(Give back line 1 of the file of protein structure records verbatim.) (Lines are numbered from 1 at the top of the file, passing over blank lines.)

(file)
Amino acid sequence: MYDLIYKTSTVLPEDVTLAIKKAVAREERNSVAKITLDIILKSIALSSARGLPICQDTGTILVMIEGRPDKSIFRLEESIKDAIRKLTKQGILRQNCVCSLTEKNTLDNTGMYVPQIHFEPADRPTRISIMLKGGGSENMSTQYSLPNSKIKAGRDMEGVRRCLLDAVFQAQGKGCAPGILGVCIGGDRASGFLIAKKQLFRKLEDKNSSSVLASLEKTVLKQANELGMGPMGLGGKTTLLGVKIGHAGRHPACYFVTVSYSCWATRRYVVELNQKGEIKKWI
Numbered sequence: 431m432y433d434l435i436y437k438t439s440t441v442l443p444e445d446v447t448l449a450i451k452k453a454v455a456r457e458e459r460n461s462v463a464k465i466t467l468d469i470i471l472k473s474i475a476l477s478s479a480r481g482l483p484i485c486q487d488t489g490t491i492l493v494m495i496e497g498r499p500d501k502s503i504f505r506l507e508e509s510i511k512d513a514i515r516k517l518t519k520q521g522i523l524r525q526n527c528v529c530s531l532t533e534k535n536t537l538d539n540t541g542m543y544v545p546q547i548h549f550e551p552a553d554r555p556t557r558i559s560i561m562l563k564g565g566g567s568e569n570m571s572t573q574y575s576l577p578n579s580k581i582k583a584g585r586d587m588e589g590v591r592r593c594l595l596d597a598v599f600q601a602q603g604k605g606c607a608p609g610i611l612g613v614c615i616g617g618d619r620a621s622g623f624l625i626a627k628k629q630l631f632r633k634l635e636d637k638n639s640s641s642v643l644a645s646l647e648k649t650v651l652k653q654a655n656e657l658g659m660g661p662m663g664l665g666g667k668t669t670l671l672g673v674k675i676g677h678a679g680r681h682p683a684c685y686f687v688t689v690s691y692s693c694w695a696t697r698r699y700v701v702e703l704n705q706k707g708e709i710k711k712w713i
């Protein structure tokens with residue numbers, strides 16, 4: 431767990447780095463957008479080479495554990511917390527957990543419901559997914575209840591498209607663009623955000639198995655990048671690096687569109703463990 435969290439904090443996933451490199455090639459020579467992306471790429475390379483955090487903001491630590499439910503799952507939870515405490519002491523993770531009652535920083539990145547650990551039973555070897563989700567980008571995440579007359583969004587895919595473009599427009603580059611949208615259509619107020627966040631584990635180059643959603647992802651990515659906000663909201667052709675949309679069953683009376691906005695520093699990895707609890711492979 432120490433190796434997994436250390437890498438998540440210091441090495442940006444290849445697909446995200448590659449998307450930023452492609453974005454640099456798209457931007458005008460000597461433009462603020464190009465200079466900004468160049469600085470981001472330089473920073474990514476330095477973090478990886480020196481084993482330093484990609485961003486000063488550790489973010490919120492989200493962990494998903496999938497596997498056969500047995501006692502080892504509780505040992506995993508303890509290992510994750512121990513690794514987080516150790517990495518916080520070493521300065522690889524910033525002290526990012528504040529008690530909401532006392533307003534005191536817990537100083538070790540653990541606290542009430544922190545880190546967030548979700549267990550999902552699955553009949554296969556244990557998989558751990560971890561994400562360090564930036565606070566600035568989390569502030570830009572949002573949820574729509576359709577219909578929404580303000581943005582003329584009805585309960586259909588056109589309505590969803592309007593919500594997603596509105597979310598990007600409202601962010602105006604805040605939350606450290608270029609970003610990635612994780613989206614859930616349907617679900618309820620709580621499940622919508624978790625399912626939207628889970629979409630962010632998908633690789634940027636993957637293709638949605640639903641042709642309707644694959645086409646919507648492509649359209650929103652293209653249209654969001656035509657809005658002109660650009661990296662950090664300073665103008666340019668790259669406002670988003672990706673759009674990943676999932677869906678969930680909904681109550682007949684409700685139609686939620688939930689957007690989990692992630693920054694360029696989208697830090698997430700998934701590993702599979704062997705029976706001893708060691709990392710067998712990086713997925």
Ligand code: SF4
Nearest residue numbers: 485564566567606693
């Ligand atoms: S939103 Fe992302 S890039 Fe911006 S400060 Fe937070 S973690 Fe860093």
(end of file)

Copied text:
Amino acid sequence: MYDLIYKTSTVLPEDVTLAIKKAVAREERNSVAKITLDIILKSIALSSARGLPICQDTGTILVMIEGRPDKSIFRLEESIKDAIRKLTKQGILRQNCVCSLTEKNTLDNTGMYVPQIHFEPADRPTRISIMLKGGGSENMSTQYSLPNSKIKAGRDMEGVRRCLLDAVFQAQGKGCAPGILGVCIGGDRASGFLIAKKQLFRKLEDKNSSSVLASLEKTVLKQANELGMGPMGLGGKTTLLGVKIGHAGRHPACYFVTVSYSCWATRRYVVELNQKGEIKKWI